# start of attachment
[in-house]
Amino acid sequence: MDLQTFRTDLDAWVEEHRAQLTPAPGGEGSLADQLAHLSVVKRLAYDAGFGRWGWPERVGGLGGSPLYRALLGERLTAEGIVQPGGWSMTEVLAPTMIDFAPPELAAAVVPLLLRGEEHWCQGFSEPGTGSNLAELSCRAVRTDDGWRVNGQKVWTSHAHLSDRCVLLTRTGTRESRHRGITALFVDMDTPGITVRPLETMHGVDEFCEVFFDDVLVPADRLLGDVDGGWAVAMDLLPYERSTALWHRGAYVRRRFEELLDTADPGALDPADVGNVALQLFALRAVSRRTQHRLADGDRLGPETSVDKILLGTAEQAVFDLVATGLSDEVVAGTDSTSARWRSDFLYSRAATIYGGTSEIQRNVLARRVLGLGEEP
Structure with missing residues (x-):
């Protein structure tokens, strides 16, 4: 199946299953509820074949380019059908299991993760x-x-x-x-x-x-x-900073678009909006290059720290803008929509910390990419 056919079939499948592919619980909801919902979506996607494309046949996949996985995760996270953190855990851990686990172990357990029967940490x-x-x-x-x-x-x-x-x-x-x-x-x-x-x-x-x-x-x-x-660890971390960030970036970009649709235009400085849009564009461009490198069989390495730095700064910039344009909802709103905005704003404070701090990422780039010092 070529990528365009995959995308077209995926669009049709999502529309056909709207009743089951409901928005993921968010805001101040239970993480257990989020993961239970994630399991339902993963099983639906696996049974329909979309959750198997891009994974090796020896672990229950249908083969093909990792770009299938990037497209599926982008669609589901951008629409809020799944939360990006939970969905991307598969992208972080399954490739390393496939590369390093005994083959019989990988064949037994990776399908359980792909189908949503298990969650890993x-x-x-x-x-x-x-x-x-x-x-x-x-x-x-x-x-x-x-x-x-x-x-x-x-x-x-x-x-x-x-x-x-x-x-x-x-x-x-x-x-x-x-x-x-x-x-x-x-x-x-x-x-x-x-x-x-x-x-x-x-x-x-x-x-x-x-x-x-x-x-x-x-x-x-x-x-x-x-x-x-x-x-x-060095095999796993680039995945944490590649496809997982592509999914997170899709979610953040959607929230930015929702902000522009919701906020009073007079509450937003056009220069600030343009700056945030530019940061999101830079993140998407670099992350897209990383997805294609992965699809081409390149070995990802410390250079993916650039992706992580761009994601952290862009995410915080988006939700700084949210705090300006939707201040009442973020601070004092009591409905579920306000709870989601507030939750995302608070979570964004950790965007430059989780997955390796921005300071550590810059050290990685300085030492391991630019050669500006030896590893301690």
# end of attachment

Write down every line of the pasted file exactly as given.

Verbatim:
[in-house]
Amino acid sequence: MDLQTFRTDLDAWVEEHRAQLTPAPGGEGSLADQLAHLSVVKRLAYDAGFGRWGWPERVGGLGGSPLYRALLGERLTAEGIVQPGGWSMTEVLAPTMIDFAPPELAAAVVPLLLRGEEHWCQGFSEPGTGSNLAELSCRAVRTDDGWRVNGQKVWTSHAHLSDRCVLLTRTGTRESRHRGITALFVDMDTPGITVRPLETMHGVDEFCEVFFDDVLVPADRLLGDVDGGWAVAMDLLPYERSTALWHRGAYVRRRFEELLDTADPGALDPADVGNVALQLFALRAVSRRTQHRLADGDRLGPETSVDKILLGTAEQAVFDLVATGLSDEVVAGTDSTSARWRSDFLYSRAATIYGGTSEIQRNVLARRVLGLGEEP
Structure with missing residues (x-):
């Protein structure tokens, strides 16, 4: 199946299953509820074949380019059908299991993760x-x-x-x-x-x-x-900073678009909006290059720290803008929509910390990419 056919079939499948592919619980909801919902979506996607494309046949996949996985995760996270953190855990851990686990172990357990029967940490x-x-x-x-x-x-x-x-x-x-x-x-x-x-x-x-x-x-x-x-660890971390960030970036970009649709235009400085849009564009461009490198069989390495730095700064910039344009909802709103905005704003404070701090990422780039010092 070529990528365009995959995308077209995926669009049709999502529309056909709207009743089951409901928005993921968010805001101040239970993480257990989020993961239970994630399991339902993963099983639906696996049974329909979309959750198997891009994974090796020896672990229950249908083969093909990792770009299938990037497209599926982008669609589901951008629409809020799944939360990006939970969905991307598969992208972080399954490739390393496939590369390093005994083959019989990988064949037994990776399908359980792909189908949503298990969650890993x-x-x-x-x-x-x-x-x-x-x-x-x-x-x-x-x-x-x-x-x-x-x-x-x-x-x-x-x-x-x-x-x-x-x-x-x-x-x-x-x-x-x-x-x-x-x-x-x-x-x-x-x-x-x-x-x-x-x-x-x-x-x-x-x-x-x-x-x-x-x-x-x-x-x-x-x-x-x-x-x-x-x-x-060095095999796993680039995945944490590649496809997982592509999914997170899709979610953040959607929230930015929702902000522009919701906020009073007079509450937003056009220069600030343009700056945030530019940061999101830079993140998407670099992350897209990383997805294609992965699809081409390149070995990802410390250079993916650039992706992580761009994601952290862009995410915080988006939700700084949210705090300006939707201040009442973020601070004092009591409905579920306000709870989601507030939750995302608070979570964004950790965007430059989780997955390796921005300071550590810059050290990685300085030492391991630019050669500006030896590893301690």